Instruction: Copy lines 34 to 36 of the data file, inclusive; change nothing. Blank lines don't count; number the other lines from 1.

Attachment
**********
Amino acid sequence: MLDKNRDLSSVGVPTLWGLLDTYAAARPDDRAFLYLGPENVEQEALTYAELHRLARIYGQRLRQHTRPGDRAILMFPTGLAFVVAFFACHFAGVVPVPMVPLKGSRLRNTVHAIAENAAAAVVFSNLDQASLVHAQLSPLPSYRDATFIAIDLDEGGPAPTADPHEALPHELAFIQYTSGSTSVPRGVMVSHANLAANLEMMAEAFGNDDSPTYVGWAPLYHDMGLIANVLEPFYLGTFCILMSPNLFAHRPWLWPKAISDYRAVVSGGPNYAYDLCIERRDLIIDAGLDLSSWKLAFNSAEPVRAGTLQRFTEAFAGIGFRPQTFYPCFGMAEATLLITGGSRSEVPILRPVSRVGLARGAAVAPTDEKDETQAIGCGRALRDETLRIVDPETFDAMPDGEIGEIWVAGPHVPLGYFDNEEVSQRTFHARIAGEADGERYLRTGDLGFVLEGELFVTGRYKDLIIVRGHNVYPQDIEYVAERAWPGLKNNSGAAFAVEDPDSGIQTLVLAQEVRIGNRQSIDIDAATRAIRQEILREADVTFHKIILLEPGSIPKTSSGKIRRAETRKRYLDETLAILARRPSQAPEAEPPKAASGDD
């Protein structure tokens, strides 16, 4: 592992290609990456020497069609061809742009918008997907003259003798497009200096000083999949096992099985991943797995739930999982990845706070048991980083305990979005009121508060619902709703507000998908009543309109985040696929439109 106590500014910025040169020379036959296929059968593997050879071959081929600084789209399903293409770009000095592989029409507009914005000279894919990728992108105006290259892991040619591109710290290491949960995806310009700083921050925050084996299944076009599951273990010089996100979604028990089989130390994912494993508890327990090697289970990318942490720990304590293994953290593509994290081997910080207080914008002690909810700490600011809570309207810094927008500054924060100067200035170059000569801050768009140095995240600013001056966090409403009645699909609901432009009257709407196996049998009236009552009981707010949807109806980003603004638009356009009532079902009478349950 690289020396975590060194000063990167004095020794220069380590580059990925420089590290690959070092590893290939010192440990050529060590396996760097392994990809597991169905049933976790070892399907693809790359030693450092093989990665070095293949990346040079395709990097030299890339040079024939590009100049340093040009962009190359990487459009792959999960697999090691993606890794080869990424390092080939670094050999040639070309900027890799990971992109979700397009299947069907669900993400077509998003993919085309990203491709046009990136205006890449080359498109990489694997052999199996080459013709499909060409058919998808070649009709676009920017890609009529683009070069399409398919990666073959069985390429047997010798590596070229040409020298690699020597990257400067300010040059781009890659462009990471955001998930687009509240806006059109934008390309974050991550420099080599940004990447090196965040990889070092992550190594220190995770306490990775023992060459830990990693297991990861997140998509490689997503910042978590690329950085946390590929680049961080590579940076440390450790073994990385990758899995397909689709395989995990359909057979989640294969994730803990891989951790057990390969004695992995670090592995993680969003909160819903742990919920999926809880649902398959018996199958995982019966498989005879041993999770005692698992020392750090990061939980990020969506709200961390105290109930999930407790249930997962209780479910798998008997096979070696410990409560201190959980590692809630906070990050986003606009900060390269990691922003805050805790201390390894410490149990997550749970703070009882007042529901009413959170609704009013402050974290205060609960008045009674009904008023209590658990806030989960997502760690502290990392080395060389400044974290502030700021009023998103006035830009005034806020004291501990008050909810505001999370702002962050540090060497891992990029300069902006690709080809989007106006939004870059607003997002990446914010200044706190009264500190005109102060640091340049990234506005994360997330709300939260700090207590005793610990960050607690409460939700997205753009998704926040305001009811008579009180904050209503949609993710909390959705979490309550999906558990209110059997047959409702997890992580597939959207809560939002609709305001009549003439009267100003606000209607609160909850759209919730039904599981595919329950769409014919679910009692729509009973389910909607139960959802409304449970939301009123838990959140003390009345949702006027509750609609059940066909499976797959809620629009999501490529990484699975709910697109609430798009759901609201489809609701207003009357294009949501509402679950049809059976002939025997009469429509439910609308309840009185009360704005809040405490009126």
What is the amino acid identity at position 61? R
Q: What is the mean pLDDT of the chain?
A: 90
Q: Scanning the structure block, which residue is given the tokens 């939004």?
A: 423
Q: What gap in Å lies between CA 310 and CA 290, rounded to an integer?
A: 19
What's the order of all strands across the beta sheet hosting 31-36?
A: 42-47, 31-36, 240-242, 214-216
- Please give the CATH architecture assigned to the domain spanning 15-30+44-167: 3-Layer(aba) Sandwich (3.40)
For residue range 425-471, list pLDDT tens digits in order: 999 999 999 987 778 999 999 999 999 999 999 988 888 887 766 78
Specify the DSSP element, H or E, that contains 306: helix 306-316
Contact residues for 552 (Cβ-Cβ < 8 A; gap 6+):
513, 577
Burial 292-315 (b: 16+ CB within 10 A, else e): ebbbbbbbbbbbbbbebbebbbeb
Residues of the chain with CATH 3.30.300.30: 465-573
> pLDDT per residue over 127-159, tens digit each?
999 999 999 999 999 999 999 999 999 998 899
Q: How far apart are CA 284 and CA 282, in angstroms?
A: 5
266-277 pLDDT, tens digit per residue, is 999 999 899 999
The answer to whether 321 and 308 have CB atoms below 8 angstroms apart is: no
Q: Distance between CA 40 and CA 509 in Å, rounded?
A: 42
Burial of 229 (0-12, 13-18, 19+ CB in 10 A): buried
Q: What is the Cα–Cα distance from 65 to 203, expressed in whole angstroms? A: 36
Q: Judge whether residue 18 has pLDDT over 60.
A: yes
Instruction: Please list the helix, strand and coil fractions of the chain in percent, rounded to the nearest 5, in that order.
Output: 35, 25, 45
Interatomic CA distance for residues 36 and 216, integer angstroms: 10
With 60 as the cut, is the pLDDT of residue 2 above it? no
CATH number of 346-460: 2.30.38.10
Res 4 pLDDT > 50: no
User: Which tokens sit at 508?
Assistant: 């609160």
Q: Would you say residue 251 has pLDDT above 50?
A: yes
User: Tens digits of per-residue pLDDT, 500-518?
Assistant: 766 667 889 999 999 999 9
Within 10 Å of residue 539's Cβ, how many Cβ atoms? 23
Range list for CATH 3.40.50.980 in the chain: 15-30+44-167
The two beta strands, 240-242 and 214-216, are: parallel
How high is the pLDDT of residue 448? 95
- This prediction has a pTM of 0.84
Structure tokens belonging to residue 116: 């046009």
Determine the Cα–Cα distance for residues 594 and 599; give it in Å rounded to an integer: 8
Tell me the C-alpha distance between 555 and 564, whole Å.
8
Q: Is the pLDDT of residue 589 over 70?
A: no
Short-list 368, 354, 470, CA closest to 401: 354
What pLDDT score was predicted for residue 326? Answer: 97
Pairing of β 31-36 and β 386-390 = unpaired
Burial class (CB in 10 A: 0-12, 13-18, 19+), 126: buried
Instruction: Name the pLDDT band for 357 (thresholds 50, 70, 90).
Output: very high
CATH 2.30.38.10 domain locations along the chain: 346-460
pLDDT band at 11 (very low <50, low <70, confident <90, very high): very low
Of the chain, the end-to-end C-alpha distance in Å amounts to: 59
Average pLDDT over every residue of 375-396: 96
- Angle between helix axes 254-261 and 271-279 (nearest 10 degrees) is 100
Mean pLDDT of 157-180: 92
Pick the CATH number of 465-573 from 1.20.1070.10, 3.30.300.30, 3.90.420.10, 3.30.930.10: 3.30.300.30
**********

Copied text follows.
With 60 as the cut, is the pLDDT of residue 2 above it? no
CATH number of 346-460: 2.30.38.10
Res 4 pLDDT > 50: no